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Thanks to New Directions and Pollinger Ltd., for permission to reproduce the text of ‘What Were They Like?’ by Denise Levertov (Selected Poems’; Bloodaxe.

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Presentation on theme: "Thanks to New Directions and Pollinger Ltd., for permission to reproduce the text of ‘What Were They Like?’ by Denise Levertov (Selected Poems’; Bloodaxe."— Presentation transcript:

1 Thanks to New Directions and Pollinger Ltd., for permission to reproduce the text of ‘What Were They Like?’ by Denise Levertov (Selected Poems’; Bloodaxe Books, 1986)

2 All photographs in this presentation are subject to copyright; (R.P.Moger 2008). Please use following link for further information: nd/3.0/

3 The slides are composed of timed elements, with pauses for discussion. A click of the mouse should move the presentation forward…

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6 ‘What Were They Like?’ By Denise Levertov

7 1. Did the people of Viet Nam use lanterns of stone? 2.Did they hold ceremonies to reverence the opening of buds

8 1. Did the people of Viet Nam use lanterns of stone? 2) Did they hold ceremonies to reverence the opening of buds? The poem opens with a series of questions about the past.. The questions seem to suggest an ancient, religious civilisation, grounded in old skills and an appreciation of nature..

9 3 Were they inclined to quiet laughter? 4 Did they use bone and ivory, jade and silver, for ornament ?

10 3 Were they inclined to quiet laughter? 4 Did they use bone and ivory, jade and silver, for ornament ? The questions continue, like a catechism… Answers seem to be required.. The materials seem to be traditional, almost primitive.. What is the effect of the list on the reader?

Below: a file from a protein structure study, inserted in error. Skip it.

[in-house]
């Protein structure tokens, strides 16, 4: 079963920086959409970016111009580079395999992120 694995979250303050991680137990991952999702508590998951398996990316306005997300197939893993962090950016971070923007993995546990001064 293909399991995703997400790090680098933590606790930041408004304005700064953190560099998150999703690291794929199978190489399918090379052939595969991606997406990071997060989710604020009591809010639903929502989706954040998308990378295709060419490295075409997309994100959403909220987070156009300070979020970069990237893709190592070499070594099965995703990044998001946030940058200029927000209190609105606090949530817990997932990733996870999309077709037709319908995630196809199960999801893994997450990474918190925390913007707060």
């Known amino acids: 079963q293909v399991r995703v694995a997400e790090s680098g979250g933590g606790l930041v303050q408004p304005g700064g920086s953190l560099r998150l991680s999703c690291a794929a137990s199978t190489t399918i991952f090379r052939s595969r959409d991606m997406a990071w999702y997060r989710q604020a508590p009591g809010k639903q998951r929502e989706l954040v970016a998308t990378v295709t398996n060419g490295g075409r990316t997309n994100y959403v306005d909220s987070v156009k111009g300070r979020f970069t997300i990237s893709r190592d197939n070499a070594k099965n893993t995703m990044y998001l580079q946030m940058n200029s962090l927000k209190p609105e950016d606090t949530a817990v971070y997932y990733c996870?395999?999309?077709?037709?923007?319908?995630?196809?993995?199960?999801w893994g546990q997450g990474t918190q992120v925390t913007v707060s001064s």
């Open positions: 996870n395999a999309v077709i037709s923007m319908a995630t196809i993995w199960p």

11 5 Had they an epic poem? 6 Did they distinguish between speech and singing?

12 5 Had they an epic poem? 6 Did they distinguish between speech and singing? Again the reference is to an ancient mythical civilisation.. There’s a strong sense here of a gap between the culture of the poet and that of the people of Vietnam.. This seems to be examining the possibility of no difference between ‘speech’ and ‘poetry’

13 5 Had they an epic poem? 6 Did they distinguish between speech and singing? What is the poet suggesting about the culture of the people of Vietnam when she asks this question?

14 1)Sir, their light hearts turned to stone. It is not remembered whether in gardens stone lanterns illumined pleasant ways.

15 1)Sir, their light hearts turned to stone. It is not remembered whether in gardens stone lanterns illumined pleasant ways. The ‘catechism’ provides numbered answers which correspond to the questions.. This phrase is signficant; it removes the subject and uses the passive voice Why?

16 1)Sir, their light hearts turned to stone. It is not remembered whether in gardens stone lanterns illumined pleasant ways. The poet puns on the word ‘light’ here Why? What do you think is her intention? The language here is archaic creating the sense of a vanished culture..

17 2) Perhaps they gathered once to delight in blossom, but after the children were killed there were no more buds

18 2) Perhaps they gathered once to delight in blossom, but after the children were killed there were no more buds This phrase suggests a strong sense of community, at one with nature, now disappeared.. How does this help to convey the poet’s meaning? The structure is beginning to become clearer now.. Nouns like ‘stone’ and ‘buds’ are explored for their associated - metaphorical - meanings

19 3)Sir, laughter is bitter to the burned mouth.